0
$\begingroup$

Can anyone help me solve this? I have no idea about how to tackle this problem.

Prove that there does not exist any polynomial $p(x) \in \mathbb{Z}[x]$ such that $p(2) = q$ and $p(22) = 2q$, where $q$ is an odd prime.

$\endgroup$
  • $\begingroup$ Your title asks for a proof of a false claim. You can surely think of a reasonable title... $\endgroup$ – Mariano Suárez-Álvarez Nov 6 '16 at 7:01
2
$\begingroup$

Hint

Suppose there is a polynomial $p(x)=a_nx^n+ \dotsb + a_1x+a_0$ (where $a_i \in \mathbb{Z}$) that satisfies the given conditions. Then $$p(2)=q \implies a_n(2^n)+ \dotsb + a_1(2)+a_0=q.$$ But $q$ is given to be odd, therefore $a_0$ must be odd.

Now try to use the other condition to see if you can arrive at some sort of contradiction.

$\endgroup$
1
$\begingroup$

Hint: $p(a) - p(b)$ is divisible by $a-b$.

$\endgroup$
0
$\begingroup$

Notice for any integer $k > 0$, we have the factorization

$$x^k - y^k = (x-y)(x^{k-1} + x^{k-2}y + \cdots + xy^{k-2} + y^{k-1})$$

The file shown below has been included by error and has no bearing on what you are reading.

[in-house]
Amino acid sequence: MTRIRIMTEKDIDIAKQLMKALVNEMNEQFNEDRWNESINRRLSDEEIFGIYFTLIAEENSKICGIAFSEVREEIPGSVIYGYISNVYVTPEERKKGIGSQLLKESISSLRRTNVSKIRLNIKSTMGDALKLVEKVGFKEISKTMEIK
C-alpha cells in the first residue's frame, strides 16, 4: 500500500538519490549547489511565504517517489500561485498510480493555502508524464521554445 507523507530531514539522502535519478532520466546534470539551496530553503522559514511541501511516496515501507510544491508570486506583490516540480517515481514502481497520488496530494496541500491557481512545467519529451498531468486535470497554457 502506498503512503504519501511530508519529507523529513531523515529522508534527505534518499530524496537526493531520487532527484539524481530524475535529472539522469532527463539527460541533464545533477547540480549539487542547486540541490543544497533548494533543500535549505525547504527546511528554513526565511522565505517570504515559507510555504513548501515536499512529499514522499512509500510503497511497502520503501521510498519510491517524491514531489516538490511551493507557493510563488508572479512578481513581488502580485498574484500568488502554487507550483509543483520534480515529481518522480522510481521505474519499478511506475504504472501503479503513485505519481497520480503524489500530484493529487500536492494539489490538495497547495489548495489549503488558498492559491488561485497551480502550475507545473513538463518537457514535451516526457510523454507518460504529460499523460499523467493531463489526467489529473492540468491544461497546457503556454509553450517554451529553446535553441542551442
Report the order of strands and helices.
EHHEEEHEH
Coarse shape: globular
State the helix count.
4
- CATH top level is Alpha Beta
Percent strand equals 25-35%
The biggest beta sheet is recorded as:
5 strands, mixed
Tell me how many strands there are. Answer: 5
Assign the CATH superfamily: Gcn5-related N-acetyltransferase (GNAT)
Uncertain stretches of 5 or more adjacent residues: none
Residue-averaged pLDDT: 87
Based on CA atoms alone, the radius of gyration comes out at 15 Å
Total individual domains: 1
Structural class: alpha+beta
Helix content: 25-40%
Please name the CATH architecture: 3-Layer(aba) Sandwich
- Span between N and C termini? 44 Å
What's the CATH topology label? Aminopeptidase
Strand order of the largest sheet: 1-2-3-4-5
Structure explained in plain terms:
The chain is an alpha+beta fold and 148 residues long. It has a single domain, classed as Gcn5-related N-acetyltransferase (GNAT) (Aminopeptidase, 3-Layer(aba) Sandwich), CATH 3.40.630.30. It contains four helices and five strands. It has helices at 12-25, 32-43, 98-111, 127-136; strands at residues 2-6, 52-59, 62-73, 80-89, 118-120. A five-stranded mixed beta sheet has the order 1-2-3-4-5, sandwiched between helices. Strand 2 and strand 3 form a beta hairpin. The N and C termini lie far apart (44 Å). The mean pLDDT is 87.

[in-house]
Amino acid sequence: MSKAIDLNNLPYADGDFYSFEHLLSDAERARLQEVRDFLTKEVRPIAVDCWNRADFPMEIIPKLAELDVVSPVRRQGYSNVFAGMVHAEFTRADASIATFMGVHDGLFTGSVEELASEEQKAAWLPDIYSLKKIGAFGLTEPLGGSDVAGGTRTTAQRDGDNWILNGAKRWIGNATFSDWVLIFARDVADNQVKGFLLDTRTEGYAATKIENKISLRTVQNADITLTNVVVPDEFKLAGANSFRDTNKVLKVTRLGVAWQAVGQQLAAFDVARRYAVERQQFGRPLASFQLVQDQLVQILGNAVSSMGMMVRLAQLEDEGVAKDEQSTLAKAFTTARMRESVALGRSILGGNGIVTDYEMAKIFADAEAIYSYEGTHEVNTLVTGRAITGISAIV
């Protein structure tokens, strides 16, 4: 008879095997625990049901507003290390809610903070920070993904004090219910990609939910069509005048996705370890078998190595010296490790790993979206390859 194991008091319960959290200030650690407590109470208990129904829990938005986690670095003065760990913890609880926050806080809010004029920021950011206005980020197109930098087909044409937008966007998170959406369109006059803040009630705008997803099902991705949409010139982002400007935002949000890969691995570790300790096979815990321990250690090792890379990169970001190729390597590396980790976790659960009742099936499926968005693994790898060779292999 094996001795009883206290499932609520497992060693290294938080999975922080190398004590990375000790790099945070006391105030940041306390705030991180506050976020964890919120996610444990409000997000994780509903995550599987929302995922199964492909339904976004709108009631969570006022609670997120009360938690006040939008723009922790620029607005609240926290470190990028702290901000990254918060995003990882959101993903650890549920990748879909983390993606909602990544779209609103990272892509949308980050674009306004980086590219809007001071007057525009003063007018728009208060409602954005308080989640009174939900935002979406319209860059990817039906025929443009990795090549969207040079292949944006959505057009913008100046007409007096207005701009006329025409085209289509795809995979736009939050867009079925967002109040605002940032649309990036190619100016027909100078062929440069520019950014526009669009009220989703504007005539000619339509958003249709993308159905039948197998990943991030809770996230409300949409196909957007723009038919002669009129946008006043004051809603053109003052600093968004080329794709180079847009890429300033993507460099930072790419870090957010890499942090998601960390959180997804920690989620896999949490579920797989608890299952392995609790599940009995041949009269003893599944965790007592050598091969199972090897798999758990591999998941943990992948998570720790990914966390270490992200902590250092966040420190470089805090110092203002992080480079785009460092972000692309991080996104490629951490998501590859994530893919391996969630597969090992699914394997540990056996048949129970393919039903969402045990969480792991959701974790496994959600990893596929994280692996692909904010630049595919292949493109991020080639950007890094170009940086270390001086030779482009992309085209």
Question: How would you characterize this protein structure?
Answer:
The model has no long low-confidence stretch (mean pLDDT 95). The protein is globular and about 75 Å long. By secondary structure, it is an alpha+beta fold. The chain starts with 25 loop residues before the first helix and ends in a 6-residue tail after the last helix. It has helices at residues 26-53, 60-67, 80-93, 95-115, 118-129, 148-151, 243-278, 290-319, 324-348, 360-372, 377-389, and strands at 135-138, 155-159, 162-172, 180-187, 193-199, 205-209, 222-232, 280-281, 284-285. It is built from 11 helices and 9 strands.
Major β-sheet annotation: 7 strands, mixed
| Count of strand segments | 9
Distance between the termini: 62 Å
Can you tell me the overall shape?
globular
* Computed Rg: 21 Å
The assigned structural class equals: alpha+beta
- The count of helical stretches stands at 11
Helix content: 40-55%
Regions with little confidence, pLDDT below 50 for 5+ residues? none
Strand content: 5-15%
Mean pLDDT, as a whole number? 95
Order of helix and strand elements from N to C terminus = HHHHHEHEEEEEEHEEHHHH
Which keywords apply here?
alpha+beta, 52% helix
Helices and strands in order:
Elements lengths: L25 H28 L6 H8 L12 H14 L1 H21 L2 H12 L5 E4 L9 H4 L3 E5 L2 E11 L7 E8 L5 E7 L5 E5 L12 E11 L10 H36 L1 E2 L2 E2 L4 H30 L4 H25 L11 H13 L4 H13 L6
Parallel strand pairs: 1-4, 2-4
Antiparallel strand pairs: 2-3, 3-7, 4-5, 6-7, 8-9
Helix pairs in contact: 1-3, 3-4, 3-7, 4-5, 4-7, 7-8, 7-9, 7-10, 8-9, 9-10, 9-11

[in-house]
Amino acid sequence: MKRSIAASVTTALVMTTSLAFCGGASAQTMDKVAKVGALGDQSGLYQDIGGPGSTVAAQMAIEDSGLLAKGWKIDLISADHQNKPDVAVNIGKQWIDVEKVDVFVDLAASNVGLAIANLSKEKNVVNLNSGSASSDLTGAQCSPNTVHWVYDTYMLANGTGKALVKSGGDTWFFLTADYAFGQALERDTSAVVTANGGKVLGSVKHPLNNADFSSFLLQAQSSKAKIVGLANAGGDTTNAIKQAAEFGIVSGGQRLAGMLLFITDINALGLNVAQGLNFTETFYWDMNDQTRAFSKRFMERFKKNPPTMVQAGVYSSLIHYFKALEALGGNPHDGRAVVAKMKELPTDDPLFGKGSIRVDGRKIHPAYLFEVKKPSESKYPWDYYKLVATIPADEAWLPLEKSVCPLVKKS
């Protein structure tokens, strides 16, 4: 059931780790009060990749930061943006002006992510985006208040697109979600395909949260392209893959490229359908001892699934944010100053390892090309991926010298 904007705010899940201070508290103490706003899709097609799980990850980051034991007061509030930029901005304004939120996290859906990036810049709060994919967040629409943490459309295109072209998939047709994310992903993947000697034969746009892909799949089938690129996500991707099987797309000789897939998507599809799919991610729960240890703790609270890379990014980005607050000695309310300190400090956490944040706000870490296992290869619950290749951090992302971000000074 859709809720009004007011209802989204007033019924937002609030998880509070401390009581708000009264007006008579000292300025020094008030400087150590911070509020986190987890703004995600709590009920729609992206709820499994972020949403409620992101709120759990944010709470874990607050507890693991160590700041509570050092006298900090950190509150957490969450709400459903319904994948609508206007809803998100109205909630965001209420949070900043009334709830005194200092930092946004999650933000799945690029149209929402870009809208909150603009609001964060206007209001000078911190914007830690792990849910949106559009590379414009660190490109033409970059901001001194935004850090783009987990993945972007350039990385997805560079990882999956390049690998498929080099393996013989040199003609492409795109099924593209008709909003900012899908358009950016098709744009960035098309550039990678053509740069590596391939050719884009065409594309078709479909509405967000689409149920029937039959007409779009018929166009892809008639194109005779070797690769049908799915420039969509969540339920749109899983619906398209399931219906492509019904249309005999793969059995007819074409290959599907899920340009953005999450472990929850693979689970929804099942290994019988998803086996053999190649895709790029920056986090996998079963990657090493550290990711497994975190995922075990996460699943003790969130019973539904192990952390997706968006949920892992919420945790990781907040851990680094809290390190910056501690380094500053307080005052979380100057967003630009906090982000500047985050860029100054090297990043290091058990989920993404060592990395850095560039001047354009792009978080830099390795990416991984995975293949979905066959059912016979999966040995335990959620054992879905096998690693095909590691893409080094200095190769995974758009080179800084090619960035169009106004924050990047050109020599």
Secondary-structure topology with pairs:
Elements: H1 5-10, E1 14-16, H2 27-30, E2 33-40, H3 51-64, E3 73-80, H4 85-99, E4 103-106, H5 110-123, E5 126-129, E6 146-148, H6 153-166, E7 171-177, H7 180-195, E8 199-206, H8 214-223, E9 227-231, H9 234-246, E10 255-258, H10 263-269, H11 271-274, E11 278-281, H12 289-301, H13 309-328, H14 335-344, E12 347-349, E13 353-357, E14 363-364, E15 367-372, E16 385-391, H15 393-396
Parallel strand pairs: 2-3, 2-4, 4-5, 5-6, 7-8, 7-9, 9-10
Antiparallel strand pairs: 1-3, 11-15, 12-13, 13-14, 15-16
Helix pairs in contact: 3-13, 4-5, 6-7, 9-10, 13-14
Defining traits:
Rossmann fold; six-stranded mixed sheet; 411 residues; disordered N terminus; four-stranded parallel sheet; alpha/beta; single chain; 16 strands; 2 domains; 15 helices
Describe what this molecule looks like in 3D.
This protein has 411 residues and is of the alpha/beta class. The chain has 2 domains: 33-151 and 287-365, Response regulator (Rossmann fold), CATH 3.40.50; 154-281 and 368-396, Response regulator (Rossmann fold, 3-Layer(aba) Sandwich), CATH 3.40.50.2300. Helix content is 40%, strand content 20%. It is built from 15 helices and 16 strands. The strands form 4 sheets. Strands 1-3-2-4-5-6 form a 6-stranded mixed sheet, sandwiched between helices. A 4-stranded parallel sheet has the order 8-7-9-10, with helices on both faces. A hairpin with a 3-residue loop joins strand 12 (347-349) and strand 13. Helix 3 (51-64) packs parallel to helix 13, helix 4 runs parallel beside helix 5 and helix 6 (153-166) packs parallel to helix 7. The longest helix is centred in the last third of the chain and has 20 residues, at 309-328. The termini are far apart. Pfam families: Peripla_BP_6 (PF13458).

and $x - y$ is a factor of $x^k - y^k$. This implies for any $f(x) = \sum\limits_{k=0}^n a_k x^k \in \mathbb{Z}[x]$, we have

$$f(x) - f(y) = (x-y)\left(\sum_{k=1}^n a_k \sum_{\ell=0}^{k-1} x^{k-1-\ell}y^\ell\right)$$ Since the last factor is a polynomial in $x,y$ with integer coefficients, it will be an integer whenever $x,y$ are integers. This leads to a useful lemma:

For any integer $u, v$ and polynomial $f(x)$ with integer coefficients, $u - v$ divides $f(u) - f(v)$.

Apply this to the case $f(x) = p(x)$, $u = 22$ and $v = 2$. If $q$ is an odd prime, this will lead to a contradiction that $20 = 22 - 2$ divides $p(22) - p(2) = 2q - q = q$.

$\endgroup$

Your Answer

By clicking “Post Your Answer”, you agree to our terms of service, privacy policy and cookie policy

Not the answer you're looking for? Browse other questions tagged or ask your own question.